Names in this site follow the Japanese custom of family name first.

November 13, 2012

Kamakura Museum of Literature: Lawn above the clouds

There is not much to see in literature museums, but in the case of the Kamakura Museum of Literature you come for the great house and spacious garden. A Western-style villa right in the middle of the old warrior capital! The art deco manor was built in 1936 by the Maeda family, who had been the feudal rulers of the rich fief of Kaga, now Ishikawa prefecture with capital Kanazawa.

Many famous politicians used to come here, as prime ministers Eisaku Sato (after retirement he spent his weekends here) and Shigeru Yoshida. The house also figures in Yukio Mishima's novel Spring Snow. It was donated to Kamakura City in 1983 and after renovation became a literature museum.

That is not such a strange choice, as Kamakura has deep ties with Japanese literature. Kamakura already appears in the ancient poetry anthology Manyoshu. It also feautures in the Tale of Heike and other war literature, as well as in travelogues of the Middle Ages. One of the most important Kamakura poets was the Minamoto shogun Sanetomo, whose work has been collected in the Kinkai Wakashu after he was murdered on the stairs of the Tsurugaoka Hachiman Shrine in 1219.

Modern authors were attracted by the shrines and temples of Kamakura. Some, as Natsume Soseki, came to practice Zen meditation; he also situated his novel Kokoro in Kamakura. The haiku poet Takahama Kyoshi lived in Kamakura as well. Others came here to spend the summer, for recuperation, or to visit the charming vestiges of the old capital.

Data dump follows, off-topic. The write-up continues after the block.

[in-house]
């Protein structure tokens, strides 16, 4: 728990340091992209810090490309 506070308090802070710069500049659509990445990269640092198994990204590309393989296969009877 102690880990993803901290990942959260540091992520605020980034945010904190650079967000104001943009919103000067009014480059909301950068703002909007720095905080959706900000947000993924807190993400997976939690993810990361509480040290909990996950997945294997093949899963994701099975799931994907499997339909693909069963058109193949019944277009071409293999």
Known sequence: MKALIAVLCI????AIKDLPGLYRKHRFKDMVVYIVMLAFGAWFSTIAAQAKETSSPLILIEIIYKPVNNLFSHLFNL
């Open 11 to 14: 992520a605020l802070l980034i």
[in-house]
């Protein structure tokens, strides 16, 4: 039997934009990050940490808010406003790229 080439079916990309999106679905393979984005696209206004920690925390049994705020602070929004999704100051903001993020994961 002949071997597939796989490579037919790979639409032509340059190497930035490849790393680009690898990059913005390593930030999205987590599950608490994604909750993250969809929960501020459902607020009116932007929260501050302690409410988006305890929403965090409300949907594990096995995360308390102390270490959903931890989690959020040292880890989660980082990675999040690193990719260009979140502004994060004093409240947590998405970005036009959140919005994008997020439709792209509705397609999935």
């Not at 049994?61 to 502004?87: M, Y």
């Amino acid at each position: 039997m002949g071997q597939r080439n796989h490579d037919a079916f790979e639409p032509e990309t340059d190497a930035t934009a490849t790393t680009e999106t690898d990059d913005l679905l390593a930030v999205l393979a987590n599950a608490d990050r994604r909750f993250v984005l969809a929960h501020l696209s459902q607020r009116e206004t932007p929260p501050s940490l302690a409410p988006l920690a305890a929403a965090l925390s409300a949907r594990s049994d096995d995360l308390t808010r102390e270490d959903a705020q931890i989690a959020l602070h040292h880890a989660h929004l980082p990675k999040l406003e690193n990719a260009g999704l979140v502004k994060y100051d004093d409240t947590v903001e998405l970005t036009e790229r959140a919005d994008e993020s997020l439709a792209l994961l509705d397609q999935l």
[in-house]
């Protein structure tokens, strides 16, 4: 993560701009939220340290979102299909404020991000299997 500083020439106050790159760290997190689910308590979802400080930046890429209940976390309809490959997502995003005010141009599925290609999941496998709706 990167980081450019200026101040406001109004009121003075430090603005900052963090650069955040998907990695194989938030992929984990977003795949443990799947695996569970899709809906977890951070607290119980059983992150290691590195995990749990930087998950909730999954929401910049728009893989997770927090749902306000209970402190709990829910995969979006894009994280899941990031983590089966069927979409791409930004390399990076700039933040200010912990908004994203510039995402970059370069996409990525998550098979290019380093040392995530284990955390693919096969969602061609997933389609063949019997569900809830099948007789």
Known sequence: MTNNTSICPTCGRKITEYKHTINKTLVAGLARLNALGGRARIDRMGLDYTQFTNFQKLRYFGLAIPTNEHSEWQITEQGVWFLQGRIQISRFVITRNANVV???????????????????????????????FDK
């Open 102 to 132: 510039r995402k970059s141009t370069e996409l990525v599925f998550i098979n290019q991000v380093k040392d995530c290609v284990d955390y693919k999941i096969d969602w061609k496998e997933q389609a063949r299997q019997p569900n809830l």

The most notable modern author who resided in Kamakura is of course Nobel Prize winner Kawabata Yasunari. Kawabata also situated important novels as Thousand Cranes and The Sound of the Mountain in the historical town. In addition, filmmaker Ozu made several of his postwar films here, marvelously capturing the relaxed residential atmosphere; Ozu is buried in Engakuji Temple (see here for directions).

The display in the beautiful house consists of manuscripts and photographs. Most interesting is perhaps the large garden, which has azaleas, roses and a lawn, that slopes down the hill. When you stand on the terrace of the house, you see the green grass of the lawn and immediately behind that, Yuigahama beach. The town is blotted out. It is as if you live in the clouds, far above the hustle and bustle of ordinary life, like all those Maeda marquises and politicians did.
Tel: 0467-23-3911

Hrs: 9:00-16:00. CL Mon.

Access: 7-min walk from Yuigahama St on the Enoden Line.